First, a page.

I have submitted proposals to a few semi-local conferences for next semester including but not limited to PAMLA and Sirens.
I’ll try to keep the blog updated more frequently in the future.
Okay, they have some things in common, such as involving words and images, being bound into books, and being created by humans.
If you’re still waiting to be convinced that graphic novels are a valid form, I have two examples to convince the most skeptical reader and rebuttals to a few of the more common arguments against the 9th art.
Comics are for children. The graphic novel is just an extended form of the Sunday funnies.
Now that is funny.
I completely understand the common tendency to assume that all things comic-related are childish, easily digestible, and base. This is a long-held assumption in the Western world. The association is backed by the simplicity of images, the superhero association, and the 10-year-old male audience base for newspaper comics we all know so well. The graphic novel certainly can take on this form, but many of the biggest names in the field work against these associations. Take a look at David Mazzucchelli’s Asterios Polyp for a moment and reconsider.
Mazzucchelli uses CMYK to make meaning in his text, giving the two main characters more dimension through colorization. He uses drawing styles to denote conflict between characters. He uses images to say something about the subtleties of romance that words fail to convey. A master both of word and image, Mazzucchelli’s masterpiece could be broken up into individual images and praised page for page, but as a medium to tell a moving and devastating story, it is more than just a sequence of breathtaking imagery. It is likewise more than a moving written story.
Graphic novels are dumbed down and too simple. They’re for people who can’t read and need images to help them understand what’s going on.
Wow, anonymous critic, you’ve led me to my next point perfectly! If Asterios Polyp disproves the misconception that the images in graphic novels are simplistic, Allison Bechdel’s Fun Home does the same for the words between those images.
In Alison Bechdel’s Fun Home: A Family Tragicomic we see the boundaries of comics simultaneously upheld and crossed. Detailing the events of Bechdel’s unusual childhood and strained relations with both of her parents, Fun Home is meticulously pieced together, producing something more archival and literary than one might expect. While maintaining traditional panel layouts throughout most of the comic, the content is often text-based and life-like. The reader feels like a voyeur pouring over every suspect detail of Bechdel’s life. Unlike the autobiographical comic that one might expect in which an explicit chronological narrative unfolds by illustrating those events which make for a good story, Bechdel includes painstakingly recreated pages from her diary entries, from her father’s letters, from literary texts, maps and even her family’s behemoth dictionary to create a non-chronological masterpiece that reads more like a novel, interwoven with literary parallels than a standard autobiography.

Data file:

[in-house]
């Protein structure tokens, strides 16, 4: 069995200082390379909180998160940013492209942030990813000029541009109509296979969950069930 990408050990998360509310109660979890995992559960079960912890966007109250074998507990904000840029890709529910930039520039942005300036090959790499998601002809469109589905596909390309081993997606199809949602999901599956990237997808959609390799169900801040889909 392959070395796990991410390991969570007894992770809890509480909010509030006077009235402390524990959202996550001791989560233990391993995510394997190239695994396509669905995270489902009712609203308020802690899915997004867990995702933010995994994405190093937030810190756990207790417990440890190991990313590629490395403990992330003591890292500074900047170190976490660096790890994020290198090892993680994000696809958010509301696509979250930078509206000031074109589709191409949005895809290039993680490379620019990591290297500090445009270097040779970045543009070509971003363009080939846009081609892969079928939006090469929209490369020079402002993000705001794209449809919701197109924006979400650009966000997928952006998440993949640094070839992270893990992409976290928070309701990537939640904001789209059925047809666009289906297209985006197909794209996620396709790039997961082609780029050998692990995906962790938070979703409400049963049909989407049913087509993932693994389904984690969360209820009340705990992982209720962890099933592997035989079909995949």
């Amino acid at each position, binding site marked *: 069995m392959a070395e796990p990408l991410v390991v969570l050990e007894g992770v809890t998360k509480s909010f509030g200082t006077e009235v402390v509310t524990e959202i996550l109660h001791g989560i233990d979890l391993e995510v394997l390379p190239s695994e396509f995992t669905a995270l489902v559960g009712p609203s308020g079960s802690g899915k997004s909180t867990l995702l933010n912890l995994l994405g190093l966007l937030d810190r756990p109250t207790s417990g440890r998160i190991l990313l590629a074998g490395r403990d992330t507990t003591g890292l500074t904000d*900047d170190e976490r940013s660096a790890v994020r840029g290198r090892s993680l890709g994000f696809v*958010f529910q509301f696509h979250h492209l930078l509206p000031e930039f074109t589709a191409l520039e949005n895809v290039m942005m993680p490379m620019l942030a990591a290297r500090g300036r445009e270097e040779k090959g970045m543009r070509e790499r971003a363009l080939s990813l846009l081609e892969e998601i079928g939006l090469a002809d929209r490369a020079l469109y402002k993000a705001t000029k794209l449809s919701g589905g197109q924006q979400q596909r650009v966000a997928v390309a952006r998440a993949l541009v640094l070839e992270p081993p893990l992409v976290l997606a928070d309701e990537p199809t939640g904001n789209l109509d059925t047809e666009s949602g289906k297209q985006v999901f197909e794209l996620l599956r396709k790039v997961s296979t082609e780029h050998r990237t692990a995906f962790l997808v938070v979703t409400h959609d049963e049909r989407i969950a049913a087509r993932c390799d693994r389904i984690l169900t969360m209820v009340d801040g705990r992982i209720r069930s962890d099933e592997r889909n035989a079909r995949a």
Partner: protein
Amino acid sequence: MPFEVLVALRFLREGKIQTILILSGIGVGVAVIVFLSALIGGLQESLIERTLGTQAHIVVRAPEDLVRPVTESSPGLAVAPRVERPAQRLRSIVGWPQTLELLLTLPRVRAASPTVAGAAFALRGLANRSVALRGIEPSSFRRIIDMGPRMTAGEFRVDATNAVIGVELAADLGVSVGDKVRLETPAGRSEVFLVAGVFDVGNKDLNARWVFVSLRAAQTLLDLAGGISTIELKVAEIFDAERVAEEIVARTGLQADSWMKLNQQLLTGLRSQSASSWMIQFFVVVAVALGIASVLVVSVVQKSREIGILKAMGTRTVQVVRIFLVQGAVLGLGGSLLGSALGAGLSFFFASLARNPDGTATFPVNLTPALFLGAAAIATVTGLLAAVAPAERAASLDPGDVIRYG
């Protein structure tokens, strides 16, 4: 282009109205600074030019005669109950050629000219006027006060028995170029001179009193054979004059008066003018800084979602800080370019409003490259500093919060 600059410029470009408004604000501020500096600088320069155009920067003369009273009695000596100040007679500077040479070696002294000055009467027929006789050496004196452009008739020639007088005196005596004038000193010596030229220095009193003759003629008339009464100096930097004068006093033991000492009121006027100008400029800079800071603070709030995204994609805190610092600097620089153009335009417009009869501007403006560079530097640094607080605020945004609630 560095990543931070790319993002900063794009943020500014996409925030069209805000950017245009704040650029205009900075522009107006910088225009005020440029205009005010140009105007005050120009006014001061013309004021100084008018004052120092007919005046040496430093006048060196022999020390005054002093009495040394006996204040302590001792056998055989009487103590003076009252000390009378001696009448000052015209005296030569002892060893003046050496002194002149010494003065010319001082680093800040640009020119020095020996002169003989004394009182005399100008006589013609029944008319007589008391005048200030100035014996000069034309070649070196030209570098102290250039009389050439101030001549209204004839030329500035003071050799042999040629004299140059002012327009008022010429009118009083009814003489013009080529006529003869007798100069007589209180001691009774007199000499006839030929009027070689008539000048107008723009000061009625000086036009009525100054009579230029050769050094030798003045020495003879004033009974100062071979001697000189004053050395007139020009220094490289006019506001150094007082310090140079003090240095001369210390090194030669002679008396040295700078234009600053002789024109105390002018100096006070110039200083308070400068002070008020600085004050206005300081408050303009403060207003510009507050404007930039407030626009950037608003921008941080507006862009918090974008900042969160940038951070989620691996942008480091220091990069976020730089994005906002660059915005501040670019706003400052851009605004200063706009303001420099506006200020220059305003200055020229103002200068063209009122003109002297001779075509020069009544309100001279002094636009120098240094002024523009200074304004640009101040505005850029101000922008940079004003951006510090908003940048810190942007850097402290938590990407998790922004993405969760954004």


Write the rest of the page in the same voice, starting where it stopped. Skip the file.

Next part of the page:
The text so predominates the image that I’ve heard others say that they found it difficult to read. I don’t necessarily agree. I found it wildly engaging and well-written, riddled with references to classic literature (both of Bechdel’s parents are English teachers. How could she resist?) and effectively convincing the reader to stay captivated. It is her obsessive nature which makes Fun Home such a hit. If Bechdel had lost her childhood diaries, had not found her father’s police records, posed for each image in the novel (proof below), the novel would not have the precision which makes it so impossible to put down.
Without the images, Bechdel’s story would still be phenomenal. She would still be a gifted writer and I would probably still appreciate her work. When juxtaposed with her simple yet explicit images (clearer and more exact images representing archival recreations and classic comic style representing elements of the story) it is another masterpiece of its own right.
You’re very convincing, Courtney. Where should I look for more graphic novels?
Well, anywhere books are sold, my dear lady! There are so many choices out there! I’ve introduced you to two of my favorites, but you might also consider two others, Craig Thompson’s Blankets or Daniel Clowes’ Ghost World. In the upcoming weeks I’ll have a review of David B.’s Epileptic on this very blog. Here’s a list of the basics if you’re interested in diving in!